A couple years ago, Arts Services of WNY participated in “Arts and Economic Prosperity 5,” a data review and analysis of 126 cultural and not-for-profit organizations that proved that the arts heavily contributes to our region’s economic growth. The arts sector is a $352.1 million industry that supports all levels of employment, businesses of all sizes, cultural tourism, and the ever-important quality of life.
Slice that number down to one theatre and one production. “Kavinoky Theatre is an economic engine for a lot of businesses,” says the theatre’s executive artistic director Loraine O’Donnell. ‘Monty Python’s Spamalot,’ the second of two large-scale musicals on the theatre’s schedule this season, opens Friday, January 11. O’Donnell says the show costs more than $100,000 to produce, mostly spent two months before opening night, and mostly with local vendors and businesses. Places like DC Theatricks (for dozens of costumes, from tights and tunics to flowing robes), Scheule Paint Company (gallons of paint for David King’s elaborate set), area restaurants that craft dinner-theatre packages, and even the corner convenience store (ice ice, baby) play important cameo roles in this show.
“ ‘Spamalot’ is one of the largest musicals we’ve produced here,” O’Donnell says. “There are 19 actors on stage, plus a 10 piece orchestra, and four assistant stage managers to help the cast with more than 100 costume changes and plenty of scene changes, too.”
In other words, it takes a 12th century English village to make this production happen.
‘Spamalot’ is the stage adaptation inspired by the 1975 film ‘Monty Python and the Holy Grail.’ While Kavinoky isn’t the first theatre to produce the show locally, as the region’s largest producing house, its audience expects an extraordinary experience. This means hiring union musicians (“they’re the same musicians who play in the orchestra pit at Shea’s,” O’Donnell says), creating a visual experience to match, and hiring top-notch local actors, and crew. Or to paraphrase a song from the show “You Won’t Succeed in Buffalo if you don’t make it awesome.”
For O’Donnell, walking that tight rope between best quality and best value is a true balancing act. Ticket sales only provide part of the theatre’s income stream: the rest comes from private donors, corporate sponsors, and grants which are increasingly competitive to earn. “In this business, breaking even is considered a triumph,” O’Donnell says. “That’s why it’s so important to get people through the doors.”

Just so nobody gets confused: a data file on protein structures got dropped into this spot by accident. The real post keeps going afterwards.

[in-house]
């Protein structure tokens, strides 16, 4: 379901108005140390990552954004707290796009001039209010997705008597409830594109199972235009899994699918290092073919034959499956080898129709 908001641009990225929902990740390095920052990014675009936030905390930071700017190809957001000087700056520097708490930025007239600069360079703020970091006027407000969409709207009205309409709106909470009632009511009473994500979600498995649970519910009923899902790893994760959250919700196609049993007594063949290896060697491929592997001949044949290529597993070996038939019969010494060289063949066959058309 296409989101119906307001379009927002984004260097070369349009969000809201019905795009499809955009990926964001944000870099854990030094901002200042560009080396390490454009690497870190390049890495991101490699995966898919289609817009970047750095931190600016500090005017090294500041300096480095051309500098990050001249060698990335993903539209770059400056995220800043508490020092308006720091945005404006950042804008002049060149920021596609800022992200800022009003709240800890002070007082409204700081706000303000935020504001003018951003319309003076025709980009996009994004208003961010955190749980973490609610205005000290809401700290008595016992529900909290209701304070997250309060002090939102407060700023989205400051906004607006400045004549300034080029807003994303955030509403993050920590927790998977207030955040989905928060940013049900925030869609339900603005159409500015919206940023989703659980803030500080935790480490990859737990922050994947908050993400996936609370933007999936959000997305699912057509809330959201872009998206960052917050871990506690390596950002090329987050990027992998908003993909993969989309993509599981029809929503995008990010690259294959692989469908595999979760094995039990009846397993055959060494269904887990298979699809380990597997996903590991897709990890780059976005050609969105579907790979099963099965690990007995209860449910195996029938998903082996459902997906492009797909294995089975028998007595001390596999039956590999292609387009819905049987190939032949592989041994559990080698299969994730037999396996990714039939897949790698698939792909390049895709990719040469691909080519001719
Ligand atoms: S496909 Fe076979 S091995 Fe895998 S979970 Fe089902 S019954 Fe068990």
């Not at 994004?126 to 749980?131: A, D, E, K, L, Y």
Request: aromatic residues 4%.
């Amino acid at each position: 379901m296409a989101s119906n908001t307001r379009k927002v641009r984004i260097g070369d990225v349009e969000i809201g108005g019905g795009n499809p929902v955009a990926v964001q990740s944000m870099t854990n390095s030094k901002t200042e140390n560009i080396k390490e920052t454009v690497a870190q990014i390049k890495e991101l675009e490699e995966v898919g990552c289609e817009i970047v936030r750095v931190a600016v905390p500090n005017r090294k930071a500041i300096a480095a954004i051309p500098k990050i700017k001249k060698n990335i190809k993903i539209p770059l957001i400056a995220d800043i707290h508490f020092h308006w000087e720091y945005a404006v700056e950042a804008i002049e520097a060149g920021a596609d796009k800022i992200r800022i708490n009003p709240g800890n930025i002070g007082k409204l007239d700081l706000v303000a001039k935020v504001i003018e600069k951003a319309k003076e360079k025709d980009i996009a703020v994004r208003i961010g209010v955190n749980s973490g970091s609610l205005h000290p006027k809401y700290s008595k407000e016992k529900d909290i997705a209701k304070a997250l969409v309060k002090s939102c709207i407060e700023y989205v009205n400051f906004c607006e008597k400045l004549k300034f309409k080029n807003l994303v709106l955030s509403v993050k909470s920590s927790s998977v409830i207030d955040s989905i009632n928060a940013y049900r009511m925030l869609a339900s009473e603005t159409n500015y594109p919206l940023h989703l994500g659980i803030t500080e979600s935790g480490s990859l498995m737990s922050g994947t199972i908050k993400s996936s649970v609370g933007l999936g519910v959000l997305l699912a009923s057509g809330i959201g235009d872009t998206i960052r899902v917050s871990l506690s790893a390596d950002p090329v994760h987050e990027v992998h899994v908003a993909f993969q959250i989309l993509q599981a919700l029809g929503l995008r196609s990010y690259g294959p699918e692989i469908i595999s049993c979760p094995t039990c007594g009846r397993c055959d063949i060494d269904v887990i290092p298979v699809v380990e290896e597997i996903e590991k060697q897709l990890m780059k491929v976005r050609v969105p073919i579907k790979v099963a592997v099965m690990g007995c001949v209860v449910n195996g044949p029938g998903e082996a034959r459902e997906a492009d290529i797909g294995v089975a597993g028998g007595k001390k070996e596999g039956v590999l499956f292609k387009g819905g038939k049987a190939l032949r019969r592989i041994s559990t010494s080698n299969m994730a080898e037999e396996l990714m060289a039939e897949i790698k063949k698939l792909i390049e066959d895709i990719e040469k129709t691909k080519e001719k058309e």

Inspiring its audience with quality productions is at the heart of Kavinoky’s newly-defined mission to produce a mix of the classics, musicals and new works in order to expose our patrons and D’Youville students to the diverse creativity in all genres of theatre. O’Donnell says, “We’re going to continue to do two musicals a year. It helps grow the subscriber base and musicals bring in new people. Last season ‘Mamma Mia’s!” single ticket sales increased by 50%, and subscriptions increased by 20%.” While musicals have higher production expenses, O’Donnell says, “You have to spend money to make money.”
For ‘Spamalot,’ the Kavinoky has assembled a cast of some of Buffalo’s finest musical theatre talent: Gregory Gjurich as King Arthur, Louis Colaiacovo as Sir Robin, Dudney Joseph as Sir Galahad, Bobby Cooke as Sir Bedevere, Steve Copps as Sir Lancelot, Arin Lee Dandes as Patsy, and Michele Marie Roberts as The Lady of the Lake, with an ensemble including Kelly Copps, Arianne Davidow, Doug Weyand, and others, directed and choreographed by Lynne Kurdziel Formato.
As we might expect, the cast is enthusiastic about the production and the timeless Monty Python clever wordplay. “Yes, it’s great to be king in the kingdom of Kavinoky with such spectacular subjects…and nobody had to vote for me,” says Gregory Gjurich, borrowing a line from about his role as King Arthur. “I love the Monty Python movies. I aspire to any chance to work with Lynne, the Kavinoky, and plus they offered me the role, so I said hey OK! (That doesn’t happen often).” Similarly psyched is Michele Marie Roberts, otherwise known as The Lady of the Lake. “I’m a working mother of two from Kenmore, and I volunteer monthly at Bingo,” she says. So when Lynne Kurdziel Formato and Loraine O’Donnell ask you to play an egomaniac diva at the Kavinoky with an amazing cast, you do it.”
‘Spamalot’ is on stage from January 11 to Februarry 3. For tickets, call (716) 829-7668 or visit kavinokytheatre.com.
Categories: Cherie Messore Previews